The 18 most iconic moments at The Masters - Part 3

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Augusta has provided the backdrop to some of sport’s most iconic moments. Golf Today editor Mark Flanagan counts down his top 18
Posted on
March 22, 2023
Mark Flanagan in ,
Estimated reading time: 5 minutes

6) Scott Hoch misses that putt in 1989

A lot has been written and said about Scott Hoch’s putt but there is so much more to the story than one agonisingly-bad stroke.

Perhaps most eye catching was just how badly the American missed that putt on the opening play-off hole (the 10th).

But before all that so much happened… not least Nick Faldo shooting a brilliant 65 to get into contention.

Hoch and Ben Crenshaw were in the final group and both were level with the Englishman playing the last.

The Two Americans drove into ideal positions but Crenshaw pulled his five iron left and would bogey the last. Meanwhile Hoch, who bogeyed 17 – missing from five feet –  had a 15 footer to win to claim his first Green Jacket but he missed to the left.

Back to the 10th they went and Faldo went first off the tee, finding the middle of the fairway but he was a long way back. Hoch hit a pearler and left himself 40 yards in front of his playing partner.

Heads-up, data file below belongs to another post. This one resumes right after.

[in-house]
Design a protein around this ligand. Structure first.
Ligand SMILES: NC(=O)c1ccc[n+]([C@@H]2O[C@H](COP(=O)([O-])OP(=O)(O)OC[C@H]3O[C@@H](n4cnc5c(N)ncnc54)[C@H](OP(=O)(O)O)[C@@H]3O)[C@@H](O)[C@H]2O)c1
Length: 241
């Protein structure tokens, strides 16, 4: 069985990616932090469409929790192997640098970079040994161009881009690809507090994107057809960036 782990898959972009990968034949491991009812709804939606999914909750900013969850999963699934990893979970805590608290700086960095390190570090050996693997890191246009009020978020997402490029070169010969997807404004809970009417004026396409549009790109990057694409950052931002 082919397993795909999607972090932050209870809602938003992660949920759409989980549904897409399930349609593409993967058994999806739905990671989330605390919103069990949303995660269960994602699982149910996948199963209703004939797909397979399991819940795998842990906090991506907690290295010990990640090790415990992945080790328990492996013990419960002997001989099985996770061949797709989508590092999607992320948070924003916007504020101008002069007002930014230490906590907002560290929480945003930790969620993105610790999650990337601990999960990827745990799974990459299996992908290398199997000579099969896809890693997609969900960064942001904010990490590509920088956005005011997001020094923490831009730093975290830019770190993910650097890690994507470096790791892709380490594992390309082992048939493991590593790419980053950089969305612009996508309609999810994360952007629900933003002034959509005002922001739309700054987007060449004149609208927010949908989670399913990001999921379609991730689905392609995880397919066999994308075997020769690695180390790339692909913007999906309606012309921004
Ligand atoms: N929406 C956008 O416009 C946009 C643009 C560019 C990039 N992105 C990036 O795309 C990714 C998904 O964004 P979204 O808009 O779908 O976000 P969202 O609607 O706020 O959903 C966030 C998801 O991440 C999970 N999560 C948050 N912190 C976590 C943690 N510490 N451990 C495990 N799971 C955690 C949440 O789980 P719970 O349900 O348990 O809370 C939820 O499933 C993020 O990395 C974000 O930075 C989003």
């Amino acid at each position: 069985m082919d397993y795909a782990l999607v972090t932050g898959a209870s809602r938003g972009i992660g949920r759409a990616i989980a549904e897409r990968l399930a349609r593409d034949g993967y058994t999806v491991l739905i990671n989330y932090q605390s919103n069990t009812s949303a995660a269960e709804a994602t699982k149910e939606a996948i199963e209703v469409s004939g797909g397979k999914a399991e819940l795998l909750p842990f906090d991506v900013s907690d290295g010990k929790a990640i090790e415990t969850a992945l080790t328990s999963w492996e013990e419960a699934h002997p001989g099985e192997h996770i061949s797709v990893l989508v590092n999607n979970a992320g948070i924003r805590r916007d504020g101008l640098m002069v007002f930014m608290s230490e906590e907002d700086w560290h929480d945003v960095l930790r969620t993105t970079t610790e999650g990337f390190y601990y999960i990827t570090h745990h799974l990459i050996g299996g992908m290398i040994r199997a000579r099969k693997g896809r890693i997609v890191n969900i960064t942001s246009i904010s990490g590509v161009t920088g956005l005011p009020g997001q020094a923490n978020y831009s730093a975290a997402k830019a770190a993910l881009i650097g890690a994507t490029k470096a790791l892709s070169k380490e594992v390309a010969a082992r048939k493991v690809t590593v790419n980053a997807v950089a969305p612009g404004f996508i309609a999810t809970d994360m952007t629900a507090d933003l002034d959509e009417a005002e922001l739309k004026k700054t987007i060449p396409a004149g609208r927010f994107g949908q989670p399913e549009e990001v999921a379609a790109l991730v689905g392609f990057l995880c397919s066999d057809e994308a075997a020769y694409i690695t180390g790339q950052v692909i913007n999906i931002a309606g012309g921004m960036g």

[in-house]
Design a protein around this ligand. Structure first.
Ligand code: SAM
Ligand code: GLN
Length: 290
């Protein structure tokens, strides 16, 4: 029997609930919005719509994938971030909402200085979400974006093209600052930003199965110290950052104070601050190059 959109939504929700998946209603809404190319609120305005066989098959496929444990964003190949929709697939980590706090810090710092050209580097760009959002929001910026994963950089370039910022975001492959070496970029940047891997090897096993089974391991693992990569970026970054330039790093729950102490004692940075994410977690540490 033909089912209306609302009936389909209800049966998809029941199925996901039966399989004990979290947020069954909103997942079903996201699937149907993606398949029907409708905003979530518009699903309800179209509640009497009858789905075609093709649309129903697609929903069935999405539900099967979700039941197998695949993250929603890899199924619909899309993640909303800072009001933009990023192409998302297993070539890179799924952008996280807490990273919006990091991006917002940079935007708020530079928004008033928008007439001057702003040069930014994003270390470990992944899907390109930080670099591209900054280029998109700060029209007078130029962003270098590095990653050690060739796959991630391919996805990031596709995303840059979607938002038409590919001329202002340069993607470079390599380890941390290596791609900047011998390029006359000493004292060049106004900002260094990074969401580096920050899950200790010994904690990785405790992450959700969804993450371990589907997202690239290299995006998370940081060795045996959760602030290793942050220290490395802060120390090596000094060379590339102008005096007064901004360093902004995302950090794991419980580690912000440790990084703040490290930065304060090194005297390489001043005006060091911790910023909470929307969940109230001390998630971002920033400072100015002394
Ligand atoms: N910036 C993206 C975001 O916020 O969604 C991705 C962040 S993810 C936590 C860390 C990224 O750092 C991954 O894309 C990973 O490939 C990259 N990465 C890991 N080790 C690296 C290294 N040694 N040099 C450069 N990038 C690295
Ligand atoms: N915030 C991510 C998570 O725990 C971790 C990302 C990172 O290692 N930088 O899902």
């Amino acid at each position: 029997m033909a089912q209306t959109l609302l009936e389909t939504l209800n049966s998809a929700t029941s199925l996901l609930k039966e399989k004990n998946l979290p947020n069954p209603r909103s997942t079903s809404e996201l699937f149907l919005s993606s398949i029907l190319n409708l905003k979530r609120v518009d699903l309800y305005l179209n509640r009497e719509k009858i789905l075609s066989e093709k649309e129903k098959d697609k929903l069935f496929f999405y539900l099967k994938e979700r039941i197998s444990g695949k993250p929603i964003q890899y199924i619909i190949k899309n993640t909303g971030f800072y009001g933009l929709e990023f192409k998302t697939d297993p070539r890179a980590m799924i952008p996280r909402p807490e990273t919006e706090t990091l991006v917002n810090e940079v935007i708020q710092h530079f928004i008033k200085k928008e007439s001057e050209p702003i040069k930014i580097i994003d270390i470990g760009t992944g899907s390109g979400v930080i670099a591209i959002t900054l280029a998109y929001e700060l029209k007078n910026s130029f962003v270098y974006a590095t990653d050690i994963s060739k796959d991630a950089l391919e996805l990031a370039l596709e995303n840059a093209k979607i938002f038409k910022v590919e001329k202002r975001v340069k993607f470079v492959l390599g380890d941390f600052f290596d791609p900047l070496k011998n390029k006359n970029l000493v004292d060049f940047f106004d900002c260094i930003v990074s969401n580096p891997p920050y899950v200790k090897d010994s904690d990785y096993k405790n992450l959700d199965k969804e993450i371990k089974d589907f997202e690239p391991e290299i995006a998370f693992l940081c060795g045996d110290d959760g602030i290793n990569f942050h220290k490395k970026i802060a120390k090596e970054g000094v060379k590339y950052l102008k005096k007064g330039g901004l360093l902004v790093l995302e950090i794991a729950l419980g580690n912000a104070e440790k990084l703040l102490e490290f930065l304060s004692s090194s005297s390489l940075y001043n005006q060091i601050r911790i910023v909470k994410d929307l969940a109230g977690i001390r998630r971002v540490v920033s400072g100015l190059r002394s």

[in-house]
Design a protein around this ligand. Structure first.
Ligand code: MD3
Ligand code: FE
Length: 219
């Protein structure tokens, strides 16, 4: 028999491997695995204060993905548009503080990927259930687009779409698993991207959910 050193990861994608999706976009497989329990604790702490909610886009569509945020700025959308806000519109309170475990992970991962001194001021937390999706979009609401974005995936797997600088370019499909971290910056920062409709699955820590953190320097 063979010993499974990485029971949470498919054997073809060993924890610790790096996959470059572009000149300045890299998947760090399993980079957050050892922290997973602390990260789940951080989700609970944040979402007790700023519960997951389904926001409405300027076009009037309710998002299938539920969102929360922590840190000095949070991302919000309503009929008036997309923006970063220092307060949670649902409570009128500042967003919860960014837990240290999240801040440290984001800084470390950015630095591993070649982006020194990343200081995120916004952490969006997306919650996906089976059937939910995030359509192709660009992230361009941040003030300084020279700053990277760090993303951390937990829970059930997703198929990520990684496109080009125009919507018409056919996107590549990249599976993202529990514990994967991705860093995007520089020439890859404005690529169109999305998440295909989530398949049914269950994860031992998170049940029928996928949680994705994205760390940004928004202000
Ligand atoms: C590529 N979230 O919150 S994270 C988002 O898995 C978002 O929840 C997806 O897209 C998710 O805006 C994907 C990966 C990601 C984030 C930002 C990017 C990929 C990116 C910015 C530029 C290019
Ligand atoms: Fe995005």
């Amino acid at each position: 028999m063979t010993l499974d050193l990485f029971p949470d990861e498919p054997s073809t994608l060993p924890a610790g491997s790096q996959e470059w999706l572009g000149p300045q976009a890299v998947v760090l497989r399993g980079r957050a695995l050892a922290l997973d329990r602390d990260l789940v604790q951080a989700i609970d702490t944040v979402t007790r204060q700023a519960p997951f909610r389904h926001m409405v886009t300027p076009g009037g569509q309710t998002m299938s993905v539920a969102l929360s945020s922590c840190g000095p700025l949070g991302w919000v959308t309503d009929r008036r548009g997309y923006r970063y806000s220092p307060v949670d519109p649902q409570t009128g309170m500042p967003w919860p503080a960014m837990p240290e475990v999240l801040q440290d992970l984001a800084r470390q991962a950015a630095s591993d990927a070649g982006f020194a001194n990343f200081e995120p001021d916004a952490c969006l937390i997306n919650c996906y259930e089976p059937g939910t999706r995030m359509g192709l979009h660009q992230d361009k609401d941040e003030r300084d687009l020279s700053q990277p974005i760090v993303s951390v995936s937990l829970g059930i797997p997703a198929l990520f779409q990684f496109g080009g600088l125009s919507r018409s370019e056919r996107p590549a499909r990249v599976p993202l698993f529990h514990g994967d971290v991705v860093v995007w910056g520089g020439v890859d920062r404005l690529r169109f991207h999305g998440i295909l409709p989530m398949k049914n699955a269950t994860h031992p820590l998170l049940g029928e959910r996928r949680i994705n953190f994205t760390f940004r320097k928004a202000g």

Faldo found sand front right and Hoch looked firmly in the driving seat as he left himself with a 30-footer for birdie.

The English star disappointingly splashed out to 20 feet and he would miss the putt. At this point he must have thought it was all over but Hoch, facing a slippery 25-incher, left it out to the left…way left. So far left was his effort it didn’t even touch the hole. In fact the one coming back was considerably longer but Hoch recovered his composure to ensure they went up the 11th.

Whether Faldo sensed it was his time or not is not clear. However he played the hole like he believed destiny was on his side as, in the gathering gloom, he rolled in a 25-foot birdie effort to secure the first of his three Masters titles.


5) Gene Sarazen holes his second shot at par five 15th in 1935

It became known as the shot that was heard around the world but unfortunately just a few lucky souls got to see the ball disappear.

Sarazen’s extraordinary two at 15 got him back in the race and he would eventually tie with Craig Wood.

The next day the two players took part in a 36-hole play-off, Sarazen winning by five shots ahead to take the second Augusta National Invitation Tournament. The Masters moniker was only adopted in 1940.

4) Tiger’s last-roll chip-in on 16 in 2005

This is arguably Tiger’s most famous shot. It is remarkable for a number of reasons, not the least the way the ball pauses for a second before deciding to drop.

Woods was almost certainly the best chipper in golf history and all his legendary short games skills were in evidence as he sent the ball up the slope on 16… just far enough for it to drop in on its final roll.

The birdie two seemed to have sealed the victory for the World No 1 but he would famously bogey the final two holes to put him in a play-off with Chris DiMarco, who had started the final day four shots back of Woods.